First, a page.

The following was a response by Marc to my comments on Doug Wilson’s post at his blog entitled, “Major and Minor.” Here is the response:
To Douglas Wilson, there are really no majors.
==There are Lutherans who don’t agree with me on what it means to be born again, but that’s all right because they are born again (Doug Wilson).==
And there are Pelagians who don’t agree with him on the ground of salvation, but that’s all right because they have been saved based on the only ground of salvation (Wilson’s stupid logic).
Why not keep going? There are atheists who don’t agree with him on the existence of God, but that’s all right because they have been saved by the God in whom they don’t believe.
==And there are Reformed evangelicals who would say exactly the same thing about it that I would — the only problem being that they are not in fact born again themselves (Doug Wilson.==
And how could that be so, Mr. Wilson? How would you judge the Lutheran to be born again and these particular Reformed evangelicals who are not born again? What is your standard? Wouldn’t these be the people whom you would accept in the presbytery exam for ordination?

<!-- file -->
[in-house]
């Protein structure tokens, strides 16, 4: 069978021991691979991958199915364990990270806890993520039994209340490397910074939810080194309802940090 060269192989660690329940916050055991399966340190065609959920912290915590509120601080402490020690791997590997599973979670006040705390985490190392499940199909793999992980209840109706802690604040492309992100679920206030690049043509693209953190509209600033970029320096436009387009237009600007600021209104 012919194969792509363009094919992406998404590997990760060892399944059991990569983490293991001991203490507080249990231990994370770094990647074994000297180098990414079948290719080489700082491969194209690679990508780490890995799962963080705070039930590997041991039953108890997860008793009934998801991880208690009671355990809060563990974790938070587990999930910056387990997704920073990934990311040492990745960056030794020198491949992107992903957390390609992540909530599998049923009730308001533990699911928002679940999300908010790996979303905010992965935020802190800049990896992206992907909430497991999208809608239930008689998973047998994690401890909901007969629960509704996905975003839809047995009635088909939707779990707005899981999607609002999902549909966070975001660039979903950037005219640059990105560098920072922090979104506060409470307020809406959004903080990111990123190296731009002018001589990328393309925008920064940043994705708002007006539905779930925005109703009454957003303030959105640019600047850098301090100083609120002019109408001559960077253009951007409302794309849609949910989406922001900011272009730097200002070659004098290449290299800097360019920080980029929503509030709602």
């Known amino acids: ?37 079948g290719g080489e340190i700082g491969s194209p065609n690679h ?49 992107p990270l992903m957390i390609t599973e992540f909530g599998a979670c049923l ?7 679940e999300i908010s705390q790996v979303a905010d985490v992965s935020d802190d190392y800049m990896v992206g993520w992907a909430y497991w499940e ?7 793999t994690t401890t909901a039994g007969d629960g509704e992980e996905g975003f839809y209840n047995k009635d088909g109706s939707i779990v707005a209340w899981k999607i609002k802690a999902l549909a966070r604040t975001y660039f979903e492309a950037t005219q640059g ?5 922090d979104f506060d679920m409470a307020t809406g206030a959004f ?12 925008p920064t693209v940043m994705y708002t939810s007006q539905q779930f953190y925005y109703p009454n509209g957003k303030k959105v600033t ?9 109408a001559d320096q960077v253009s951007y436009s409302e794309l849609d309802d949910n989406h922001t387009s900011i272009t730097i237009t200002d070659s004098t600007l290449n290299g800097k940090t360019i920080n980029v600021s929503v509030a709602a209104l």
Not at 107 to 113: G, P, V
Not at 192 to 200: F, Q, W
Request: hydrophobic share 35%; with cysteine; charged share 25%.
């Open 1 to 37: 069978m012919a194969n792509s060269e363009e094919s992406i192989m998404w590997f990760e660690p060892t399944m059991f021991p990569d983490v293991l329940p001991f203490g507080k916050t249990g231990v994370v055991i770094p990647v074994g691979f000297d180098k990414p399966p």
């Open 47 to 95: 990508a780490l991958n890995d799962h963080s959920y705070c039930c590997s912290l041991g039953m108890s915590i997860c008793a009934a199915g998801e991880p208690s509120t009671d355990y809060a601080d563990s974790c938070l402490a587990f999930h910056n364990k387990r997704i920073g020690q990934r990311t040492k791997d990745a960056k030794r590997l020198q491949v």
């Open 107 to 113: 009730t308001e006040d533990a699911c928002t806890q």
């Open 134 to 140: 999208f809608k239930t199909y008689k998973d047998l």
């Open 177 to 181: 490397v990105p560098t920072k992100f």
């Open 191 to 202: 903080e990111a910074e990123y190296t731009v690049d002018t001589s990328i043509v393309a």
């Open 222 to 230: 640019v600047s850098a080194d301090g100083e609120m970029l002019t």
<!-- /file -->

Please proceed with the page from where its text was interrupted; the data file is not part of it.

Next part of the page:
== Now when I say that I don’t care “what they say,” that sentiment has to be placed in context. I would care very much what they say about it at a presbytery exam for ordination. But when it comes to receiving them to the Lord’s Table, I don’t care at all. It is the Lord’s Table, not mine, and my job is to receive the same people the Lord receives, to the best of my ability (Doug Wilson).==
When it comes to receiving people at the Lord’s Table, Wilson will take the Lord’s Supper with Lutherans, Arminians, and even Pelagians — anyone whom, in His judgment (based on what standard?), the Lord receives. So, Mr. Wilson, whom does the Lord receive? Where’s your cutoff? Where’s the line past which you say, “No, I will not take the Lord’s Supper with that person, because that person is not born again”? I haven’t seen his cutoff, just as I haven’t seen Machen’s cutoff. But there has to be a cutoff, unless you’re going to admit atheists at the Lord’s Table, right, Mr. Wilson? So where is it? And what is the biblical basis for it? That would be a very interesting thing to see.
[BTW, Mr. Wilson, isn’t your presbytery the Lord’s presbytery and not yours? Aren’t these ministers the Lord’s ministers and not yours? So your use of “Lord’s” to justify your differentiation between clergy and laity is nonsensical.]
To God alone be the glory,